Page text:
Whitmer: Controversial COVID-19 contract killed as 'unnecessary distraction'

Beth LeBlanc
The Detroit News

Michigan Gov. Gretchen Whitmer wouldn't say Wednesday who within the state health department approved a controversial state COVID-19 contract, but she canceled it as an "unnecessary distraction" from Michigan's COVID-19 fight.

Whitmer's answer prompted demands from Republicans for more information about the contract's approval process. The original contracted companies are run by a Democratic consultant who said a month ago on Facebook that he hoped President Donald Trump would get "coronavirus ASAP."

The state pulled a contract with Democratic firms Great Lakes Community Engagement and EveryAction VAN for coronavirus contact tracing late Tuesday after reporters inquired about the agreements. Republican groups raised concerns about the contracting process and the potential for that data to be used by Democratic operatives.

During a Wednesday news briefing, Whitmer said the state Department of Health and Human Services selected a vendor for the state contact tracing project that it thought was best, but didn't follow the proper channels to get approval from the state's Emergency Operations Center. 

"The Department of Health and Human Services doesn’t have a political bone in their theoretical body," she said. "When it was brought to my attention, I told them to cancel it. This was an unnecessary distraction. Leadership is about solving problems. The correct process was not followed."

Following the news briefing, the Michigan Republican Party called for the release of all state emails related to the awarding of the contract, saying Whitmer could not "simply plead ignorance."

“The people of Michigan have a right to know how the governor and her staff are handling this crisis," said party Chairwoman Laura Cox, a former state House Appropriations chair. "If the governor won’t answer these questions for us, maybe her administration's emails will."

Senate Majority Leader Mike Shirkey is "disappointed" about the governor's "cavalier" response regarding the use of the Democratic firms, said Amber McCann, a spokeswoman for the Clarklake Republican.

"This is critical personal health data that was seemingly going to be given to an entity for political gain," McCann said. 

The awarding of the contract and its abrupt cancellation raise questions about why an existing state-approved contractor wasn't used or whether other similarly questionable contracts have been approved in the midst of the pandemic, State Rep. Shane Hernandez said.

"That’s information we’re going to be asking for," said the Port Huron Republican who chairs the House Appropriations Committee.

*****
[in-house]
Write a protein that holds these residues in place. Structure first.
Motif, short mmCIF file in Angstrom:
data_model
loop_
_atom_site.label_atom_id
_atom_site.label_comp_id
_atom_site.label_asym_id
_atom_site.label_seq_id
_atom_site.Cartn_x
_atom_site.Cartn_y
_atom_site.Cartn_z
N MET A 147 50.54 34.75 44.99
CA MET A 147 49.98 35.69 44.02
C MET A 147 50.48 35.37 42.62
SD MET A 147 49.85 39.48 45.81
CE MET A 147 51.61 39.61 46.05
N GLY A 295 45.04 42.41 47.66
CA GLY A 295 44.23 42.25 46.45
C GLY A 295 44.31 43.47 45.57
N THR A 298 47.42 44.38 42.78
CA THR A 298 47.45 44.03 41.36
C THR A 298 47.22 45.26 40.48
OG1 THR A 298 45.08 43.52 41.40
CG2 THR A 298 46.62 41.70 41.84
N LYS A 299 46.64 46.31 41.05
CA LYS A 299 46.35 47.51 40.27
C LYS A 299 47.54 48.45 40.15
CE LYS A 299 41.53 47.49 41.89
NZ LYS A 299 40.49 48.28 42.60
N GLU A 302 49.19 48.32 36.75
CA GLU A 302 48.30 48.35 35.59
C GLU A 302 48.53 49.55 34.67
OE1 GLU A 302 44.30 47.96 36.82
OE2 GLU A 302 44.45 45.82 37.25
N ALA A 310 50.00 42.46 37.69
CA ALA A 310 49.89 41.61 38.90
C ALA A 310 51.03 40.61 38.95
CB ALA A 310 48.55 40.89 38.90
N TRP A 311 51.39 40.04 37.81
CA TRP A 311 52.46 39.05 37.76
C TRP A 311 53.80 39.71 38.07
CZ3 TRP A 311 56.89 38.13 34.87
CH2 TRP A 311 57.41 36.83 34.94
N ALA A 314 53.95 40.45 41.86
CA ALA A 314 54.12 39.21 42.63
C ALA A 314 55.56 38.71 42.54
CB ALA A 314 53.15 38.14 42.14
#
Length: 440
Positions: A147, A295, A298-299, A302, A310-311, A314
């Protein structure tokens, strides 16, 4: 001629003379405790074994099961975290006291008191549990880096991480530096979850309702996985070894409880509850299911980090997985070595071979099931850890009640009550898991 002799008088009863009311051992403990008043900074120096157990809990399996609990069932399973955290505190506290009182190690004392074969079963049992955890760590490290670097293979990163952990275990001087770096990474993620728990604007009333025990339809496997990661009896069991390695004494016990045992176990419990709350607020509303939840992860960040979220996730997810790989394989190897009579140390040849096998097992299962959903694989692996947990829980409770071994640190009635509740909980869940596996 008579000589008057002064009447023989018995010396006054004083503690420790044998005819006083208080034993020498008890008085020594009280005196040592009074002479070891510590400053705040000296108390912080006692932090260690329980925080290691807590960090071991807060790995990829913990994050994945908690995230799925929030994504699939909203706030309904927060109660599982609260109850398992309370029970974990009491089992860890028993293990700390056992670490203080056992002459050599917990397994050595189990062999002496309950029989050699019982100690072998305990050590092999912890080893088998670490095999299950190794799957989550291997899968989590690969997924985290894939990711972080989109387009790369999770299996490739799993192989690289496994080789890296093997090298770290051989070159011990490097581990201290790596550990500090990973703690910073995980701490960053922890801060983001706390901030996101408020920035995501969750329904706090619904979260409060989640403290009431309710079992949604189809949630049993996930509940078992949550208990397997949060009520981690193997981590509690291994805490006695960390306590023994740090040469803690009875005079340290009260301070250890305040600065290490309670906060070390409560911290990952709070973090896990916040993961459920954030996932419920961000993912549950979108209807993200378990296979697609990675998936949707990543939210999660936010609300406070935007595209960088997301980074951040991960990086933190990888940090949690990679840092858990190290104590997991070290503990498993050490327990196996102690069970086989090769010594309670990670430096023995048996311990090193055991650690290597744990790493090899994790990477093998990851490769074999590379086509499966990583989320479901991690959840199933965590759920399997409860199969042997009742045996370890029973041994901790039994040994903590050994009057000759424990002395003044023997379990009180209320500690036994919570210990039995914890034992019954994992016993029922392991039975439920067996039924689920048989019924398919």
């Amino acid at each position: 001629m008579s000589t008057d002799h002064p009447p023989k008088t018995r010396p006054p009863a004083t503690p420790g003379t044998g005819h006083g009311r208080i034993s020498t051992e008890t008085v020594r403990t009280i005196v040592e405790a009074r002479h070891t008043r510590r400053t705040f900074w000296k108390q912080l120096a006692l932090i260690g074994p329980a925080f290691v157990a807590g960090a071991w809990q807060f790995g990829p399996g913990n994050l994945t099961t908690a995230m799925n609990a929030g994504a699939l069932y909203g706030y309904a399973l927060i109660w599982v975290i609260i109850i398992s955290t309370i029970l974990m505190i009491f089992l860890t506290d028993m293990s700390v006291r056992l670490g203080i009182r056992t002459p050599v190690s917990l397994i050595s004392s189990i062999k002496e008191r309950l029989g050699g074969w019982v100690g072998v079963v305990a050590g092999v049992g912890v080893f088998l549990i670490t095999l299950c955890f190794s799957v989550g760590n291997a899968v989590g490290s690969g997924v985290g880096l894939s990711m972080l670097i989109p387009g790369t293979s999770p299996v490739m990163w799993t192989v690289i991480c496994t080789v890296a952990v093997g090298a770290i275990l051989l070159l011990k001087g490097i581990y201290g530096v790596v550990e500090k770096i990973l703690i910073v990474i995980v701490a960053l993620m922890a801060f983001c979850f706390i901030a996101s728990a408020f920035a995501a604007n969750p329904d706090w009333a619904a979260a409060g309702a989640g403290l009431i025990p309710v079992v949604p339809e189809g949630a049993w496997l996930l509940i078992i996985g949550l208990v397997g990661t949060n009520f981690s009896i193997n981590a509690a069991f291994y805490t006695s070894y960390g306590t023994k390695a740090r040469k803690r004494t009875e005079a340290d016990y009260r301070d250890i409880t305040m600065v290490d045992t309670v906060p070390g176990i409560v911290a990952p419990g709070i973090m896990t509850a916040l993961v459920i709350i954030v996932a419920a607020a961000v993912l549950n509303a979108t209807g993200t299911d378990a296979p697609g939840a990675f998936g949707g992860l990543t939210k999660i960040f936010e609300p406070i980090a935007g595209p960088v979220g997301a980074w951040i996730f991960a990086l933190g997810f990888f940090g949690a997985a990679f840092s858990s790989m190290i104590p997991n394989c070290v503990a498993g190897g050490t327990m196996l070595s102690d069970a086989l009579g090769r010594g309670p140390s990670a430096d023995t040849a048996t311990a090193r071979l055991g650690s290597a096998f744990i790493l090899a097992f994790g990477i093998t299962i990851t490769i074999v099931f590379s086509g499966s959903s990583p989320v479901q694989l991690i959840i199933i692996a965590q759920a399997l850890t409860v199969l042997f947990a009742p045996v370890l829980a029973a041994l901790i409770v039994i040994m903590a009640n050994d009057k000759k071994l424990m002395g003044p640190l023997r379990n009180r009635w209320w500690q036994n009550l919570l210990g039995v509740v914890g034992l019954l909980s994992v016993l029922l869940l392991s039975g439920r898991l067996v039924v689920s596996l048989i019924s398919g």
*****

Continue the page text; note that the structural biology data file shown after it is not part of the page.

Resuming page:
The state has deferred to June a few Freedom of Information Act requests by The Detroit News related to the crisis under an executive order issued by Whitmer allowing for the deferment. 

Whitmer made no indication about whether an investigation is being done or when health officials might disclose who made the final decision. 

The State Emergency Operations Center will make an announcement when a new vendor is chosen and one will be chosen “post haste," Whitmer said. 

While she doesn’t think the Department of Health and Human Services, headed by Director Robert Gordon, made a political decision, "I know that it’s important to take out any speculation, any concern.”

Whitmer was uncertain how much data the vendors had access to before she ended the contract, but the state health department later indicated no data was collected because the project had not yet begun. 

"There were meetings, calls and other business development conducted to discuss the state’s contact tracing needs and what a contact tracing project could entail," said Lynn Sutfin, a department spokeswoman. "There was not, however, access provided to individual data about individuals with COVID-19 or their contacts. "

Contact tracing, Whitmer added, is an "essential part of how we're going to save lives and reboot our economy." Contact tracing involves identifying people with whom an infected COVID-19 individual has come in contact to help determine the spread of the potentially deadly virus.

"I made that decision, we are moving forward and the appropriate people understand the flaw and that will not be repeated," she said. 

The $194,250 contract with the Michigan Department of Health and Human Services would have tasked Great Lakes Community Engagement with outreach and  EveryAction VAN with data management. 

The contract with Great Lakes Community Engagement was signed Monday, but the contract language indicates the work start date was April 1 and the end date was June 1.

Great Lakes Community Engagement is connected with Grand Rapids-based K2K Consulting and Kolehouse Strategies. Those companies are run by Democratic consultant Mike Kolehouse, who said in a March 27 Facebook post that he hoped Trump would get "coronavirus ASAP."

"Can someone do the country a favor and cough on that man," Kolehouse wrote. 

EveryAction had been contracted with the state through a third party called Great Lakes Community Engagement, which specializes in outreach campaigns.

NGP VAN bills itself as the “leading technology provider to Democratic and progressive campaigns and organizations.” It has provided campaign services to several state and national Democratic candidates, including Whitmer's 2018 gubernatorial campaign, according to state records.